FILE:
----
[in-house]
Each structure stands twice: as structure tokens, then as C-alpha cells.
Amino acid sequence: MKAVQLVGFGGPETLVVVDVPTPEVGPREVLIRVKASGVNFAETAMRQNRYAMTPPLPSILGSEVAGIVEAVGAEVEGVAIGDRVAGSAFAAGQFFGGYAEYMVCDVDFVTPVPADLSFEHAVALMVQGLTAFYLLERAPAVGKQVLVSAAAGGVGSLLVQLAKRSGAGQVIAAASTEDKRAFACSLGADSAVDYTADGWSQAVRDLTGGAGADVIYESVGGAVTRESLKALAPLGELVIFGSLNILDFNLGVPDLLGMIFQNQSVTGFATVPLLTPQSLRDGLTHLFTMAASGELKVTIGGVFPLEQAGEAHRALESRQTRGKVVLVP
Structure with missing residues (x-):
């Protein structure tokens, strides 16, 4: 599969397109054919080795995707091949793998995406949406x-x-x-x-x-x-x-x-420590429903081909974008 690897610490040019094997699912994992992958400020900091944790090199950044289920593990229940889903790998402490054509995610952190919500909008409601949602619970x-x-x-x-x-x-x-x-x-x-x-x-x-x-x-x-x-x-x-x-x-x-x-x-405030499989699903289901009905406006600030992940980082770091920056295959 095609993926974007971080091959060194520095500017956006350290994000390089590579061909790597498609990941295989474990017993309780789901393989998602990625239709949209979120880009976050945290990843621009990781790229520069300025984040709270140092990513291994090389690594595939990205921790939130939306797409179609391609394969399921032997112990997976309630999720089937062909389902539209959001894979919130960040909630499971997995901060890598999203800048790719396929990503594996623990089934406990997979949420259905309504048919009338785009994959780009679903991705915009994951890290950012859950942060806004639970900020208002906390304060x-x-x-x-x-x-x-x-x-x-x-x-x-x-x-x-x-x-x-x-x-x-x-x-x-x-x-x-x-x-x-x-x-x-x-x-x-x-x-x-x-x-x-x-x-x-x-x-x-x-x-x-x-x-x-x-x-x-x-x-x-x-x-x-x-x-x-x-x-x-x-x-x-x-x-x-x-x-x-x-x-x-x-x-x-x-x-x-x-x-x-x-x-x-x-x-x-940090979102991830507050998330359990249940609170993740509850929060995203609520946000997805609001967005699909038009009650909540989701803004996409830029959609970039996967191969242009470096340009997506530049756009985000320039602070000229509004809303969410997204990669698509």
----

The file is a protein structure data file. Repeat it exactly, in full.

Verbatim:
[in-house]
Each structure stands twice: as structure tokens, then as C-alpha cells.
Amino acid sequence: MKAVQLVGFGGPETLVVVDVPTPEVGPREVLIRVKASGVNFAETAMRQNRYAMTPPLPSILGSEVAGIVEAVGAEVEGVAIGDRVAGSAFAAGQFFGGYAEYMVCDVDFVTPVPADLSFEHAVALMVQGLTAFYLLERAPAVGKQVLVSAAAGGVGSLLVQLAKRSGAGQVIAAASTEDKRAFACSLGADSAVDYTADGWSQAVRDLTGGAGADVIYESVGGAVTRESLKALAPLGELVIFGSLNILDFNLGVPDLLGMIFQNQSVTGFATVPLLTPQSLRDGLTHLFTMAASGELKVTIGGVFPLEQAGEAHRALESRQTRGKVVLVP
Structure with missing residues (x-):
């Protein structure tokens, strides 16, 4: 599969397109054919080795995707091949793998995406949406x-x-x-x-x-x-x-x-420590429903081909974008 690897610490040019094997699912994992992958400020900091944790090199950044289920593990229940889903790998402490054509995610952190919500909008409601949602619970x-x-x-x-x-x-x-x-x-x-x-x-x-x-x-x-x-x-x-x-x-x-x-x-405030499989699903289901009905406006600030992940980082770091920056295959 095609993926974007971080091959060194520095500017956006350290994000390089590579061909790597498609990941295989474990017993309780789901393989998602990625239709949209979120880009976050945290990843621009990781790229520069300025984040709270140092990513291994090389690594595939990205921790939130939306797409179609391609394969399921032997112990997976309630999720089937062909389902539209959001894979919130960040909630499971997995901060890598999203800048790719396929990503594996623990089934406990997979949420259905309504048919009338785009994959780009679903991705915009994951890290950012859950942060806004639970900020208002906390304060x-x-x-x-x-x-x-x-x-x-x-x-x-x-x-x-x-x-x-x-x-x-x-x-x-x-x-x-x-x-x-x-x-x-x-x-x-x-x-x-x-x-x-x-x-x-x-x-x-x-x-x-x-x-x-x-x-x-x-x-x-x-x-x-x-x-x-x-x-x-x-x-x-x-x-x-x-x-x-x-x-x-x-x-x-x-x-x-x-x-x-x-x-x-x-x-x-940090979102991830507050998330359990249940609170993740509850929060995203609520946000997805609001967005699909038009009650909540989701803004996409830029959609970039996967191969242009470096340009997506530049756009985000320039602070000229509004809303969410997204990669698509």